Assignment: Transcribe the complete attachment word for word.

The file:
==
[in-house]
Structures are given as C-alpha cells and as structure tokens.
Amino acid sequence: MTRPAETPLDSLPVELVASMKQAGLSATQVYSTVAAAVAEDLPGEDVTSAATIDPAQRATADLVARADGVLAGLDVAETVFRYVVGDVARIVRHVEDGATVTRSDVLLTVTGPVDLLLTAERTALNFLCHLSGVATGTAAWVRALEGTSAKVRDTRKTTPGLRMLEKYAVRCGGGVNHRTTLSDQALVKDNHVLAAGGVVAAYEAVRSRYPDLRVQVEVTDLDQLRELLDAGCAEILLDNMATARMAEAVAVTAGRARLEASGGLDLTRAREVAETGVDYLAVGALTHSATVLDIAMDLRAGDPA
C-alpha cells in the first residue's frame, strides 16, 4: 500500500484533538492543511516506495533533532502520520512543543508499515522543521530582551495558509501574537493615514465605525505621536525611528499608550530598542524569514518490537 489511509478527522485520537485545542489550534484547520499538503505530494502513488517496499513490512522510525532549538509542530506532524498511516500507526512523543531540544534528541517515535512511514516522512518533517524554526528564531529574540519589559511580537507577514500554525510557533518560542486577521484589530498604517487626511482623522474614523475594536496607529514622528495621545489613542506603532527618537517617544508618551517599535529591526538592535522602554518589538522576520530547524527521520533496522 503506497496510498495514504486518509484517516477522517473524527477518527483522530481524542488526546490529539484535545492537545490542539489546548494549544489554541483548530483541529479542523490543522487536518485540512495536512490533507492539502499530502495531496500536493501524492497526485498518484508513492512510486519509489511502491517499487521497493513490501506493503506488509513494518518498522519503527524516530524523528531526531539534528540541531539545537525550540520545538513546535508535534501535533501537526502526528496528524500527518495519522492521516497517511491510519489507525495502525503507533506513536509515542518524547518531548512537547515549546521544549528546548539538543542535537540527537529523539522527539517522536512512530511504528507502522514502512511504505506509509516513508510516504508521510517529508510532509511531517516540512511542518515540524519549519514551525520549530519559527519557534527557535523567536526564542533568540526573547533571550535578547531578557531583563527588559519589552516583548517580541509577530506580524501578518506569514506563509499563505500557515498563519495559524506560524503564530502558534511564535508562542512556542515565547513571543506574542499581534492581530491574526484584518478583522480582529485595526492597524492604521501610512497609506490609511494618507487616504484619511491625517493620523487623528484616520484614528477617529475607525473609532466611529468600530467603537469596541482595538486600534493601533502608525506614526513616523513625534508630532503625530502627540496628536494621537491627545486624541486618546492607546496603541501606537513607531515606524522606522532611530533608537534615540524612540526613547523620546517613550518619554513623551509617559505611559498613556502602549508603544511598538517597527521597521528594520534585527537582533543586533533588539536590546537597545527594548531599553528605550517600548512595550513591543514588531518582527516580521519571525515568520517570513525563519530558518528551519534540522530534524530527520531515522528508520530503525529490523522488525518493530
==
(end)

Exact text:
[in-house]
Structures are given as C-alpha cells and as structure tokens.
Amino acid sequence: MTRPAETPLDSLPVELVASMKQAGLSATQVYSTVAAAVAEDLPGEDVTSAATIDPAQRATADLVARADGVLAGLDVAETVFRYVVGDVARIVRHVEDGATVTRSDVLLTVTGPVDLLLTAERTALNFLCHLSGVATGTAAWVRALEGTSAKVRDTRKTTPGLRMLEKYAVRCGGGVNHRTTLSDQALVKDNHVLAAGGVVAAYEAVRSRYPDLRVQVEVTDLDQLRELLDAGCAEILLDNMATARMAEAVAVTAGRARLEASGGLDLTRAREVAETGVDYLAVGALTHSATVLDIAMDLRAGDPA
C-alpha cells in the first residue's frame, strides 16, 4: 500500500484533538492543511516506495533533532502520520512543543508499515522543521530582551495558509501574537493615514465605525505621536525611528499608550530598542524569514518490537 489511509478527522485520537485545542489550534484547520499538503505530494502513488517496499513490512522510525532549538509542530506532524498511516500507526512523543531540544534528541517515535512511514516522512518533517524554526528564531529574540519589559511580537507577514500554525510557533518560542486577521484589530498604517487626511482623522474614523475594536496607529514622528495621545489613542506603532527618537517617544508618551517599535529591526538592535522602554518589538522576520530547524527521520533496522 503506497496510498495514504486518509484517516477522517473524527477518527483522530481524542488526546490529539484535545492537545490542539489546548494549544489554541483548530483541529479542523490543522487536518485540512495536512490533507492539502499530502495531496500536493501524492497526485498518484508513492512510486519509489511502491517499487521497493513490501506493503506488509513494518518498522519503527524516530524523528531526531539534528540541531539545537525550540520545538513546535508535534501535533501537526502526528496528524500527518495519522492521516497517511491510519489507525495502525503507533506513536509515542518524547518531548512537547515549546521544549528546548539538543542535537540527537529523539522527539517522536512512530511504528507502522514502512511504505506509509516513508510516504508521510517529508510532509511531517516540512511542518515540524519549519514551525520549530519559527519557534527557535523567536526564542533568540526573547533571550535578547531578557531583563527588559519589552516583548517580541509577530506580524501578518506569514506563509499563505500557515498563519495559524506560524503564530502558534511564535508562542512556542515565547513571543506574542499581534492581530491574526484584518478583522480582529485595526492597524492604521501610512497609506490609511494618507487616504484619511491625517493620523487623528484616520484614528477617529475607525473609532466611529468600530467603537469596541482595538486600534493601533502608525506614526513616523513625534508630532503625530502627540496628536494621537491627545486624541486618546492607546496603541501606537513607531515606524522606522532611530533608537534615540524612540526613547523620546517613550518619554513623551509617559505611559498613556502602549508603544511598538517597527521597521528594520534585527537582533543586533533588539536590546537597545527594548531599553528605550517600548512595550513591543514588531518582527516580521519571525515568520517570513525563519530558518528551519534540522530534524530527520531515522528508520530503525529490523522488525518493530